Mechanical Orchard rebuilds vintage applications and then operates them efficiently and reliably. Why go to the trouble and expense of rebuilding if the vintage system isn’t broken? Well, there’s broke and then there’s broke.
The first way vintage systems are broken is when they just stop working. Extensive outages, like the ones suffered by Southwest Airlines, result from coordinated breakdowns in hardware, software, and people.
Digging out from such an outage is going to take a while. The immediate reasons need to be remedied to get the system back on its feet, but the underlying organizational dysfunction needs to be addressed soon after to avoid a repeat.
As we talk to potential customers, the risk of outages is the least compelling risk of the four presented here. Vintage systems have evolved through decades of the efforts and experience of smart people to do exactly what they do with great rigor. The systems we replace often have years of flawless operation. Why change them, then?
The second risk is the risk that the experience and smarts that have kept those systems humming is about to retire or otherwise leave the building. New COBOL/mainframe programmers are exceedingly rare. If we accept that people are part of the systems that work so reliably, without people those systems can’t work as well.
Eventually the market will adjust, making it more attractive for programmers to specialize in operating these vintage-style systems. The cost of running systems will inevitably increase.
The third risk is also based on cost. The hardware and software platforms on which vintage systems run are monopolies and prices reflect the lack of competition. Hardware and software vendors are free to price just below customers’ point of agony because there is no alternative. Want to keep running the system? Pay up.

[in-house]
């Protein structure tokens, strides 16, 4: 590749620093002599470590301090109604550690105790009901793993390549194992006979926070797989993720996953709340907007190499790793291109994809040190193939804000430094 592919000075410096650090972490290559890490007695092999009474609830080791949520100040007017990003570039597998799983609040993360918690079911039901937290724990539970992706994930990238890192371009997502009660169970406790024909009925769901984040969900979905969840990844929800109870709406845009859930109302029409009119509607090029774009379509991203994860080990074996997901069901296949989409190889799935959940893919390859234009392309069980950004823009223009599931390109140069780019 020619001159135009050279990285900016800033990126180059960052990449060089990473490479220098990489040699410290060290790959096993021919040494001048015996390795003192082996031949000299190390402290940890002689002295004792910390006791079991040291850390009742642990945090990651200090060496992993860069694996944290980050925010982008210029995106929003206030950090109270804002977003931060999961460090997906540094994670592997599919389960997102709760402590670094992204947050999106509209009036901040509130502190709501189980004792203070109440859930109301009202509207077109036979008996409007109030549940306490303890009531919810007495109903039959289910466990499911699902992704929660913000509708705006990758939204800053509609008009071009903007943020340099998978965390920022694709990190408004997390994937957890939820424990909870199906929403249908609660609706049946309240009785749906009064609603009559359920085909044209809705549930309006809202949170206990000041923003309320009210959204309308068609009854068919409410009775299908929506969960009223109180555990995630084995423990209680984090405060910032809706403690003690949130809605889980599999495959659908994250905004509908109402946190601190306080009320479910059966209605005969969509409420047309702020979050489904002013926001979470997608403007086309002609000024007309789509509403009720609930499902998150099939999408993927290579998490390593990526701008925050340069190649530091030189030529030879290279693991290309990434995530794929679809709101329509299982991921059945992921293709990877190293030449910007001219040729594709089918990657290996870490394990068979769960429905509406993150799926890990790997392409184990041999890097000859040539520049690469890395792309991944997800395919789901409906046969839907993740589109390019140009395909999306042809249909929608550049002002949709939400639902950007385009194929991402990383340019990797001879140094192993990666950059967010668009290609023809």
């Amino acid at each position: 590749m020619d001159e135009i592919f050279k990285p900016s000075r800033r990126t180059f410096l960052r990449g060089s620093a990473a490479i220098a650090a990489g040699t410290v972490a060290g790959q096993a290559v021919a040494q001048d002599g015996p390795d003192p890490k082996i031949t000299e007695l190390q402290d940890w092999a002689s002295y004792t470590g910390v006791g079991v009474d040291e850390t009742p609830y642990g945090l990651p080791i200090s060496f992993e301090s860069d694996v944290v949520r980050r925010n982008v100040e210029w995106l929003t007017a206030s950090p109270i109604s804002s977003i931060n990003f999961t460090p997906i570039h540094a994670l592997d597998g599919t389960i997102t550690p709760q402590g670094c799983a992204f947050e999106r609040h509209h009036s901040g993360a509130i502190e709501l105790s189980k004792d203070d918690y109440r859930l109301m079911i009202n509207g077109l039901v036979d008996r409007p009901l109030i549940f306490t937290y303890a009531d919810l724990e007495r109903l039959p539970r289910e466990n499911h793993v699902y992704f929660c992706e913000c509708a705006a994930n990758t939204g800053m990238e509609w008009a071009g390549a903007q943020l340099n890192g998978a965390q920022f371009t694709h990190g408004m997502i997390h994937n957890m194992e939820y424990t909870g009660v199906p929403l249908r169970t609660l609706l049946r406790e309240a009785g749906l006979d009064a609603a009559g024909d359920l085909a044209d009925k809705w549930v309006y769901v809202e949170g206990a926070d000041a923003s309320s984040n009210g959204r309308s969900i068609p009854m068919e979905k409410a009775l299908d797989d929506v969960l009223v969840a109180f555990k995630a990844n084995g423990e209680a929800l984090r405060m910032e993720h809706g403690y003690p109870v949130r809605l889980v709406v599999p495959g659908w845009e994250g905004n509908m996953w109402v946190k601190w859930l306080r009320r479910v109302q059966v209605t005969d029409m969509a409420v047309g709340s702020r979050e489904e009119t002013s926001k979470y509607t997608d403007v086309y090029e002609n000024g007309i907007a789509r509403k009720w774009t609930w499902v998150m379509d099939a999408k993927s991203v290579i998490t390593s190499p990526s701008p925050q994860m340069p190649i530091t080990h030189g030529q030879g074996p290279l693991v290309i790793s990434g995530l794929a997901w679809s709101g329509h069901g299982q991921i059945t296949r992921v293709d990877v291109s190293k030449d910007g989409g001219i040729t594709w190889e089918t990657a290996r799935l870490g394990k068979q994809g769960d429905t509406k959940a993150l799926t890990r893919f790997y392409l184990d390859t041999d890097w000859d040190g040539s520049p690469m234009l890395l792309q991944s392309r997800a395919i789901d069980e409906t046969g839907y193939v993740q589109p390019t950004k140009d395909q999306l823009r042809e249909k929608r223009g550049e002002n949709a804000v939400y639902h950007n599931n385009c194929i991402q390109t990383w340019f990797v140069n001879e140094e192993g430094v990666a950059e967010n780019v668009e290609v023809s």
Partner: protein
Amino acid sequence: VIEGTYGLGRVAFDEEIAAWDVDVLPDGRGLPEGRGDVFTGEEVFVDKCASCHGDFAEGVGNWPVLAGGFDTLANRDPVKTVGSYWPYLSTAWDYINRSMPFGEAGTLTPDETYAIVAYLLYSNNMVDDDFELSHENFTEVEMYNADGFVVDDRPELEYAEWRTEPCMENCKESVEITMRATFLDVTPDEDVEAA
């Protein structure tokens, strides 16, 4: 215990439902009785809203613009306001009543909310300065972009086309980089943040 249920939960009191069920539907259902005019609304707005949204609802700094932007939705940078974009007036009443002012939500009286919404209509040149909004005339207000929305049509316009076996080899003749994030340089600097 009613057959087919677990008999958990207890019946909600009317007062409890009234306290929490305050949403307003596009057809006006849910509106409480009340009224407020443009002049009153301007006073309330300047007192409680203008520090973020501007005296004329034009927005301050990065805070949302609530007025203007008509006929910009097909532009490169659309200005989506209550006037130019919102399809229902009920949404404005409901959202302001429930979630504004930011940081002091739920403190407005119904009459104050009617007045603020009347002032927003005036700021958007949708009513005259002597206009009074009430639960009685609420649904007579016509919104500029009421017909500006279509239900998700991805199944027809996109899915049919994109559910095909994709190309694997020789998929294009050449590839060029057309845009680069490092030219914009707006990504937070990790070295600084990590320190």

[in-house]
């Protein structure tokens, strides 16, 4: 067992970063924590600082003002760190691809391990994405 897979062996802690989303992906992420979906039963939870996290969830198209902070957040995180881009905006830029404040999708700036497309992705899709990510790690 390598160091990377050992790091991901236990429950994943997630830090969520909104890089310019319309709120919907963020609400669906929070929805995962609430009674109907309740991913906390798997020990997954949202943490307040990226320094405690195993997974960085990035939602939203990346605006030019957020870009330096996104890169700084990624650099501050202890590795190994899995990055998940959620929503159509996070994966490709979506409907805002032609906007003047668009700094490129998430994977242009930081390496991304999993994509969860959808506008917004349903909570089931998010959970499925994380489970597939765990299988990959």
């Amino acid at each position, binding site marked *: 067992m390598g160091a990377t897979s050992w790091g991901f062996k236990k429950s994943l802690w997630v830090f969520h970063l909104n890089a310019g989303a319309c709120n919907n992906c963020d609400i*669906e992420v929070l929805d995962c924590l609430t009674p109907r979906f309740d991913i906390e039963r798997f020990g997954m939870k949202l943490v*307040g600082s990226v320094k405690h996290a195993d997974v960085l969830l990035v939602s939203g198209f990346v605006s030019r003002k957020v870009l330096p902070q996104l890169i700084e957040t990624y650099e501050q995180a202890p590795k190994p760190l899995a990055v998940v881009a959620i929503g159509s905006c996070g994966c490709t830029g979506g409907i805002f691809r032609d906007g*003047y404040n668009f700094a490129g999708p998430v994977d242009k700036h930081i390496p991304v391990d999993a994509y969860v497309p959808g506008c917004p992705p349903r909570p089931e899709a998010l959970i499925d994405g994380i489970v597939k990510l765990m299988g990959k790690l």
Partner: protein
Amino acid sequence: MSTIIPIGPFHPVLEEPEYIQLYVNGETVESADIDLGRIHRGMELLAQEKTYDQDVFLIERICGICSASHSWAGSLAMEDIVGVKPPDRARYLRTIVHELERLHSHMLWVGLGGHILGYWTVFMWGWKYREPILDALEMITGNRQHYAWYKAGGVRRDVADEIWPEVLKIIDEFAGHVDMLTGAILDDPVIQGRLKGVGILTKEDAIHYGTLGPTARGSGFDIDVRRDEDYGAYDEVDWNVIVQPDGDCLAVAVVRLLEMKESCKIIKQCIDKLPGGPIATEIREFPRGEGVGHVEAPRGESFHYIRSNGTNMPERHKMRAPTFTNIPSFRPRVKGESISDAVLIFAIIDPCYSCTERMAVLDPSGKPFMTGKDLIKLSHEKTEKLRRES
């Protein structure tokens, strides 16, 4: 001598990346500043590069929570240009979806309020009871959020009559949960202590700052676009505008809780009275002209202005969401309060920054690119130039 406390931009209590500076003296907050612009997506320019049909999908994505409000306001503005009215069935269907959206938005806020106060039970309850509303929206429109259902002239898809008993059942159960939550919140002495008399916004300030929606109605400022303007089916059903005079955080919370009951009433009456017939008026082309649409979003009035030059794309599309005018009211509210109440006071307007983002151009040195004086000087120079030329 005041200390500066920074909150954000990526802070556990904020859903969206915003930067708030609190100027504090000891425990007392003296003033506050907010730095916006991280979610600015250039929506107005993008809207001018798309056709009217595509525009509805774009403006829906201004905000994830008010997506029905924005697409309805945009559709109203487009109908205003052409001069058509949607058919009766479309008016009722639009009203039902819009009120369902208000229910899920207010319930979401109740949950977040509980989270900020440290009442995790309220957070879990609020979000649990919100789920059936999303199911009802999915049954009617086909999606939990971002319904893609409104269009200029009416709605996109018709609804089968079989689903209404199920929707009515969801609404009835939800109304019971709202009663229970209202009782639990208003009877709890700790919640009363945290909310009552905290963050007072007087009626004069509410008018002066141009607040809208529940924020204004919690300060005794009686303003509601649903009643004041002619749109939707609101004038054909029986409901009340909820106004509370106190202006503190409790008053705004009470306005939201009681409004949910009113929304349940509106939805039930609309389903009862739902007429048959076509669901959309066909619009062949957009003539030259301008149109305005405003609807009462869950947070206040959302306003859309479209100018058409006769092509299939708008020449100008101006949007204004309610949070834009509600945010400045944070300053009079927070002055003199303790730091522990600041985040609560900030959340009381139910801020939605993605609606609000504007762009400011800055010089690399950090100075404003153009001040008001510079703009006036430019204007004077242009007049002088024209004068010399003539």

Monopoly vendors originally solved real problems for their clients. However, the market has evolved solutions costing a tenth or a hundredth as much in the meantime. Clients can end contracts costing them tens of millions of dollars a year by rebuilding vintage systems; a cost saving not possible by “not fixing it.”
The final risk is the biggie. While vintage systems solved the problem they were developed to solve, since then the problem has moved on. When business needs change and the system can’t evolve to meet those changing needs, friction builds up.
Forgoing business opportunities because vintage systems can’t support them starts out being annoying, but the problem quickly becomes existential as unencumbered competitors pass you by.
At Mechanical Orchard we appreciate, better than most, the impressive performance of vintage systems. We have to appreciate them because we replace them. We often have to replicate every last quirk of the systems we replace. However, we also believe in the future we create for our clients where reliability is joined by cost-effectiveness and the opportunity for future growth.